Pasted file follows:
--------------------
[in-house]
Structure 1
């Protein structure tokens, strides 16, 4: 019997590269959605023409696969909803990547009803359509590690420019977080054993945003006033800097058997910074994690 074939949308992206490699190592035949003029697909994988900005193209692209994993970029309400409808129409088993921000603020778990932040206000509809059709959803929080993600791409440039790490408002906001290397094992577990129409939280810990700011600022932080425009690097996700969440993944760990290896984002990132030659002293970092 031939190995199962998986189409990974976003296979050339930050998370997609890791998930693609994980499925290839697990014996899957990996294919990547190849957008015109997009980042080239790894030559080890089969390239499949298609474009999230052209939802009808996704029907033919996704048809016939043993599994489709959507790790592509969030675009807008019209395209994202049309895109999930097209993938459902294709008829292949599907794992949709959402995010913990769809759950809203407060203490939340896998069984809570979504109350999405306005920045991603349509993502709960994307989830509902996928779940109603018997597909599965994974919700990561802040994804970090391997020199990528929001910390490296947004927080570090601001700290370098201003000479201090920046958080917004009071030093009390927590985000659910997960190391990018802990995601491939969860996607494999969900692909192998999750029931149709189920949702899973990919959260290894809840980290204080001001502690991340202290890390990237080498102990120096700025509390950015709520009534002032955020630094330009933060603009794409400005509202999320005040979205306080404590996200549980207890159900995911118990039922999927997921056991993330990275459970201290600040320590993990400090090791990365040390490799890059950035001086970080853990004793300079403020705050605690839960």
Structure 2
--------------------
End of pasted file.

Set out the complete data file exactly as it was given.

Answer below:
[in-house]
Structure 1
């Protein structure tokens, strides 16, 4: 019997590269959605023409696969909803990547009803359509590690420019977080054993945003006033800097058997910074994690 074939949308992206490699190592035949003029697909994988900005193209692209994993970029309400409808129409088993921000603020778990932040206000509809059709959803929080993600791409440039790490408002906001290397094992577990129409939280810990700011600022932080425009690097996700969440993944760990290896984002990132030659002293970092 031939190995199962998986189409990974976003296979050339930050998370997609890791998930693609994980499925290839697990014996899957990996294919990547190849957008015109997009980042080239790894030559080890089969390239499949298609474009999230052209939802009808996704029907033919996704048809016939043993599994489709959507790790592509969030675009807008019209395209994202049309895109999930097209993938459902294709008829292949599907794992949709959402995010913990769809759950809203407060203490939340896998069984809570979504109350999405306005920045991603349509993502709960994307989830509902996928779940109603018997597909599965994974919700990561802040994804970090391997020199990528929001910390490296947004927080570090601001700290370098201003000479201090920046958080917004009071030093009390927590985000659910997960190391990018802990995601491939969860996607494999969900692909192998999750029931149709189920949702899973990919959260290894809840980290204080001001502690991340202290890390990237080498102990120096700025509390950015709520009534002032955020630094330009933060603009794409400005509202999320005040979205306080404590996200549980207890159900995911118990039922999927997921056991993330990275459970201290600040320590993990400090090791990365040390490799890059950035001086970080853990004793300079403020705050605690839960």
Structure 2